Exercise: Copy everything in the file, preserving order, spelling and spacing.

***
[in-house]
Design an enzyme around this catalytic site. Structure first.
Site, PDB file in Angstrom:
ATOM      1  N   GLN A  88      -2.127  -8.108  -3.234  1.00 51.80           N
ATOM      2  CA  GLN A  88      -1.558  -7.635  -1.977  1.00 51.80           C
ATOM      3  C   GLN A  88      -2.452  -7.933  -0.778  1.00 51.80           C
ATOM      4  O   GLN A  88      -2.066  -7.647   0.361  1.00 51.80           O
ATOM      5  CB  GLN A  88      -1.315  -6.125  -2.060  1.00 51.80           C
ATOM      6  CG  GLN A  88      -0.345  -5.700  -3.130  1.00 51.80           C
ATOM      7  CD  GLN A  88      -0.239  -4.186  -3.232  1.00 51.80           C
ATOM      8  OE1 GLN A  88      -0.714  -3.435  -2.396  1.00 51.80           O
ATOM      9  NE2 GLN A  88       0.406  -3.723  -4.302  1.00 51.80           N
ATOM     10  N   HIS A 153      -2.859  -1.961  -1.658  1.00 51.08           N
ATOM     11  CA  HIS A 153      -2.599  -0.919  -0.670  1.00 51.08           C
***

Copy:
[in-house]
Design an enzyme around this catalytic site. Structure first.
Site, PDB file in Angstrom:
ATOM      1  N   GLN A  88      -2.127  -8.108  -3.234  1.00 51.80           N
ATOM      2  CA  GLN A  88      -1.558  -7.635  -1.977  1.00 51.80           C
ATOM      3  C   GLN A  88      -2.452  -7.933  -0.778  1.00 51.80           C
ATOM      4  O   GLN A  88      -2.066  -7.647   0.361  1.00 51.80           O
ATOM      5  CB  GLN A  88      -1.315  -6.125  -2.060  1.00 51.80           C
ATOM      6  CG  GLN A  88      -0.345  -5.700  -3.130  1.00 51.80           C
ATOM      7  CD  GLN A  88      -0.239  -4.186  -3.232  1.00 51.80           C
ATOM      8  OE1 GLN A  88      -0.714  -3.435  -2.396  1.00 51.80           O
ATOM      9  NE2 GLN A  88       0.406  -3.723  -4.302  1.00 51.80           N
ATOM     10  N   HIS A 153      -2.859  -1.961  -1.658  1.00 51.08           N
ATOM     11  CA  HIS A 153      -2.599  -0.919  -0.670  1.00 51.08           C